Monday, July 28, 2008

Headlines (for Linus)

Some wars are unseen
until it is too late.

A 50-something man yelled hateful words
in the sanctuary,
pulled a shotgun out of a guitar case.

Youth were performing a play behind the altar:
“Gunman Opens Fire in Tennessee Church, 2 killed”

Some wars give us the world.

In Iraq, a soldier lost his sight,
shrapnel in his eyes.
“Soldier of the Year, 2007”

As a teacher to boys going overseas
(to war)
his sight is more intact than ever.

Some wars are seen every day, until we
hardly
pay
attention:
“4 female bombers strike in Iraq, killing 57”

We’ve heard all of these stories before, laid them
to rest under the tree of “that’s life,”
but only because
we
weren’t
there.


another Pen Me a Poem prompt...

4 comments:

Brad said...

So true. I wonder; does human nature become more horrific with each horror that it learns to forget.

Nathan1313 said...

Yeah, this poem is very truthful. I think in our culture we're not supposed to have a lot of real empathy. To have empathy means we'd be truly horrified and this would mean more people would demand change. Empathy is bad for business.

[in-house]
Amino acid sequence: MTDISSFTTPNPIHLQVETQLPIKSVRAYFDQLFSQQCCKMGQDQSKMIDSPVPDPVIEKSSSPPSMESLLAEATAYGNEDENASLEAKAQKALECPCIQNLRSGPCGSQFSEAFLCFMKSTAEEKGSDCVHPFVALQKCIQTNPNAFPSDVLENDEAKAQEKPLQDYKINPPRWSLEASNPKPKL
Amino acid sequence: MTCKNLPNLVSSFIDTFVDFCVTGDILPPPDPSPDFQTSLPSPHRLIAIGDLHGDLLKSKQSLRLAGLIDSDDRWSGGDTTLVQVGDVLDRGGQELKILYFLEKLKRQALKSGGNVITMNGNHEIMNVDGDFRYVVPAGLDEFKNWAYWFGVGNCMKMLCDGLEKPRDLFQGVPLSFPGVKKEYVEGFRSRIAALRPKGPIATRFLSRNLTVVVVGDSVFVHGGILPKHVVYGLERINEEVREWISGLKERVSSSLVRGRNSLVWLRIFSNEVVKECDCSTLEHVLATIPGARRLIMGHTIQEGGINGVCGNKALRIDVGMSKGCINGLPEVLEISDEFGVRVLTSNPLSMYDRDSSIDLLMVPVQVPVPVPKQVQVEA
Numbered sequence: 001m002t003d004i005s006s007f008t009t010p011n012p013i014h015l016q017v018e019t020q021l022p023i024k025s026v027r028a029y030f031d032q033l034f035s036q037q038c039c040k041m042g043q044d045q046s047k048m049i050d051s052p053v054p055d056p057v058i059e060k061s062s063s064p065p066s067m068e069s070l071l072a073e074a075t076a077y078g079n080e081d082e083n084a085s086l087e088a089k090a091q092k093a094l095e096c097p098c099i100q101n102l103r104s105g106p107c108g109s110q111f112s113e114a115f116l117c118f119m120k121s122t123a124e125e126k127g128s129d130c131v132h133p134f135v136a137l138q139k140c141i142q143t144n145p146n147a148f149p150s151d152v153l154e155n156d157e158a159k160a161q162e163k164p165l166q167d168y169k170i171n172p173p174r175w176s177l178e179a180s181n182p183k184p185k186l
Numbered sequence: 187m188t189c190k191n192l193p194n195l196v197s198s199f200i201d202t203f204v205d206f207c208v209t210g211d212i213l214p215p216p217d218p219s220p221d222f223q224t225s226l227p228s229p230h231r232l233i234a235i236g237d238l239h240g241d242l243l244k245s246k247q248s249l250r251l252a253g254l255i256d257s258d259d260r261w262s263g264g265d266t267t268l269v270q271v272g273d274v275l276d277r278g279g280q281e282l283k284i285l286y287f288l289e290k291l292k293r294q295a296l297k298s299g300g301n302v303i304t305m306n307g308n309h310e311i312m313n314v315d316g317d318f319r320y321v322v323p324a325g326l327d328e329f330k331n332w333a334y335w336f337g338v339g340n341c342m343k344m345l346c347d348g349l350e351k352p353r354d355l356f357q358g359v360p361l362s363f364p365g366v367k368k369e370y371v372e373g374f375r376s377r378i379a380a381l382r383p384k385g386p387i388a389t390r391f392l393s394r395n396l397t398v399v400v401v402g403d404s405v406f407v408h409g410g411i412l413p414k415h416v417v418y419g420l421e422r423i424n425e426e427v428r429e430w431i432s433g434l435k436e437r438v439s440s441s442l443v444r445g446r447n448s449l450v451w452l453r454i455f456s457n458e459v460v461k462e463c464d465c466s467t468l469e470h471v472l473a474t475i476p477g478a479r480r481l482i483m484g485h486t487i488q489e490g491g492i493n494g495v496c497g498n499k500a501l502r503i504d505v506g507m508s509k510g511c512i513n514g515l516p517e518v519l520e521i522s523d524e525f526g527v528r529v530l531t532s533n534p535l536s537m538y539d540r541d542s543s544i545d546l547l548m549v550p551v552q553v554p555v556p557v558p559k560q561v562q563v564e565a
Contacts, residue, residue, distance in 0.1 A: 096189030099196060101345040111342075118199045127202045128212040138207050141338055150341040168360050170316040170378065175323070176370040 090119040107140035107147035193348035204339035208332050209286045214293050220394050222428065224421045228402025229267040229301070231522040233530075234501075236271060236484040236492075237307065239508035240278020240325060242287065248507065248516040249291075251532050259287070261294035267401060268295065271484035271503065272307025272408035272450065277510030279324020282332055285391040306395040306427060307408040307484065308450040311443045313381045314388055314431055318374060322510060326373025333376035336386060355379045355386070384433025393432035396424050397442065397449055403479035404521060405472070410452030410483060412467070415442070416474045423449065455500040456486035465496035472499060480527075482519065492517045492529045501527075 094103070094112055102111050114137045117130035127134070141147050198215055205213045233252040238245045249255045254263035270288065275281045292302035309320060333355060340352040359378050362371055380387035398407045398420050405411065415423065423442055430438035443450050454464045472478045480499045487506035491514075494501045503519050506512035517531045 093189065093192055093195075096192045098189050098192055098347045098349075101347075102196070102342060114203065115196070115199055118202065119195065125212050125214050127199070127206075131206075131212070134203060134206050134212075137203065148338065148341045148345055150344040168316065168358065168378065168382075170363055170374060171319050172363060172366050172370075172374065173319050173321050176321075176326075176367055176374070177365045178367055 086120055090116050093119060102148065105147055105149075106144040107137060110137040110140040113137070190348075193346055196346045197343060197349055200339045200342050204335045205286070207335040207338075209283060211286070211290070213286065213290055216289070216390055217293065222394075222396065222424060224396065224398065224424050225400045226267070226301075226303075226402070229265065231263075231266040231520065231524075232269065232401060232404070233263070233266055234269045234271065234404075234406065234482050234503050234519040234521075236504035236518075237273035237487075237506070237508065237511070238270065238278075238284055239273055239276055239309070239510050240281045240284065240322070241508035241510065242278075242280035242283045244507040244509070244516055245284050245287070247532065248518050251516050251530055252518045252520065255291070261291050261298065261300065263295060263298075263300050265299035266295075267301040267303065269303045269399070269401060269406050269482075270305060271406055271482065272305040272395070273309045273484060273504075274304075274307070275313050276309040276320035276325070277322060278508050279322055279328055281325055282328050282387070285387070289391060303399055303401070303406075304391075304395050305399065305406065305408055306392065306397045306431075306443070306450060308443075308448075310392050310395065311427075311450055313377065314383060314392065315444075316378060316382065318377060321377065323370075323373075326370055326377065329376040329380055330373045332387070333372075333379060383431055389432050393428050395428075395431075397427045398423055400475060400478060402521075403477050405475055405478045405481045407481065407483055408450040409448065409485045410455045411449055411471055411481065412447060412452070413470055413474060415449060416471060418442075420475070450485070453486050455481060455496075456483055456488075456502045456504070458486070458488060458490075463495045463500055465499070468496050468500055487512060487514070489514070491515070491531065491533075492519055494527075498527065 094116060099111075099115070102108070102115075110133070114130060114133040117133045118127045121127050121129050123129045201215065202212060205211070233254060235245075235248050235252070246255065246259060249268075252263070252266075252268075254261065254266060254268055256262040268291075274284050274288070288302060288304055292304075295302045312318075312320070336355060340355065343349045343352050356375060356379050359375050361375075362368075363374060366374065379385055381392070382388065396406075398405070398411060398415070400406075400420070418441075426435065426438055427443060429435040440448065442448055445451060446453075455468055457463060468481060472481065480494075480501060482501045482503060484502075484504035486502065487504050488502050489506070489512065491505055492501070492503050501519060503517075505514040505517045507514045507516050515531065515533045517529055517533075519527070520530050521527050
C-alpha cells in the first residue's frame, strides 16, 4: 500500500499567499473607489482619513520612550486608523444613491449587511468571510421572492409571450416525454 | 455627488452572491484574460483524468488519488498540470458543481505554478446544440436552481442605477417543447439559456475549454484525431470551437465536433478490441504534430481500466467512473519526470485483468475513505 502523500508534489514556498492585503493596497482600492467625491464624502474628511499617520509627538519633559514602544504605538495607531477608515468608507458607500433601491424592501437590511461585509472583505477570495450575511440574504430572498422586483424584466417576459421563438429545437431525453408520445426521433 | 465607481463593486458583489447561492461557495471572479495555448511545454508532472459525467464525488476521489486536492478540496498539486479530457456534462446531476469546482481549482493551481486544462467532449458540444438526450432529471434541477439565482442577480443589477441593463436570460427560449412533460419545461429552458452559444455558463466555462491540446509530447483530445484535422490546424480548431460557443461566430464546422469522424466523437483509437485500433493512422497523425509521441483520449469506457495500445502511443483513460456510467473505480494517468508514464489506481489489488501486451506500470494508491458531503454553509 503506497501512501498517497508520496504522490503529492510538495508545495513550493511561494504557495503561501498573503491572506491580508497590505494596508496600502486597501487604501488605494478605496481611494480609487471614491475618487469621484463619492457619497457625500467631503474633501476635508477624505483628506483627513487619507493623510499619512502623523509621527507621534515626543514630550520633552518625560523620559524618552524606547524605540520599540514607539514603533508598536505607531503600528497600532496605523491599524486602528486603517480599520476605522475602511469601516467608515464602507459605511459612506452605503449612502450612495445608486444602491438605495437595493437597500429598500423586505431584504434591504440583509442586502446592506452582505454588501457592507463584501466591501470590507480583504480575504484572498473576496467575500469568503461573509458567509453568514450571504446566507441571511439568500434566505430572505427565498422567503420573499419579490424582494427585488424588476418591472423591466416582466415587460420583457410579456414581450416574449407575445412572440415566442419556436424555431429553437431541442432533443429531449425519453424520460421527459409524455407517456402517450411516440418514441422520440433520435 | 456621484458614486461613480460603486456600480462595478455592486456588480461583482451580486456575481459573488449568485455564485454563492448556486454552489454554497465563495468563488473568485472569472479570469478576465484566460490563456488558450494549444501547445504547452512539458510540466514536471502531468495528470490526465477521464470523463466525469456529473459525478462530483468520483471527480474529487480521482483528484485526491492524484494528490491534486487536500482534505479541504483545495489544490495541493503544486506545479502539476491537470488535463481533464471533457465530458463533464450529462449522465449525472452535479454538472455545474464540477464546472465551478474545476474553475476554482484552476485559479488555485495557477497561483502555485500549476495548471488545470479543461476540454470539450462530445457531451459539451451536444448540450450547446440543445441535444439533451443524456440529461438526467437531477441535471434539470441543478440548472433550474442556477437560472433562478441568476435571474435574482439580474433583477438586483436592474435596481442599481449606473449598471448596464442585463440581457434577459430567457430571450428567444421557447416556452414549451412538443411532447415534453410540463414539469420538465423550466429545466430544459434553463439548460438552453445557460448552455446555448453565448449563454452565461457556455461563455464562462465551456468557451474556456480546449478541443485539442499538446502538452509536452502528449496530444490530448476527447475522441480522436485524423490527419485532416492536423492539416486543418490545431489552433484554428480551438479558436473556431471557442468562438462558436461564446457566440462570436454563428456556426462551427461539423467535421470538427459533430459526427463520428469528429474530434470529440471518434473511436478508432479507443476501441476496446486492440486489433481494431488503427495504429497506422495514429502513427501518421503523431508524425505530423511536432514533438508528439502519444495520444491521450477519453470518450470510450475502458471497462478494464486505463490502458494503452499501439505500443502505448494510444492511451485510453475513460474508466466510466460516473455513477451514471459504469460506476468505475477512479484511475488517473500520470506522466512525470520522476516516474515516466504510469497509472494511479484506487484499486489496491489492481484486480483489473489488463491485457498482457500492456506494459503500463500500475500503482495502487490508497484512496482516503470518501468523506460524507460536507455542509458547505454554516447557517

Julie said...

Oh, yes! This poem is so powerful. How often people get numbed by the news. When some horror is happening ELSEWHERE, people tend to go, "Oh, how sad," and then skip off to McDonald's and forget about it. You have really nailed it on the head. So many good lines.

Beaman said...

I like the different theatres of war and conflict you have included, from the domestic gunman in Tennessee to the strife in Iraq. The final conclusion is extremely powerful and all too true.

You've written a poem that leaves the reader thinking and contemplating the brutality of war. That means it's a great poem. Well constructed.

Edward Beaman(Pen Me A Poem)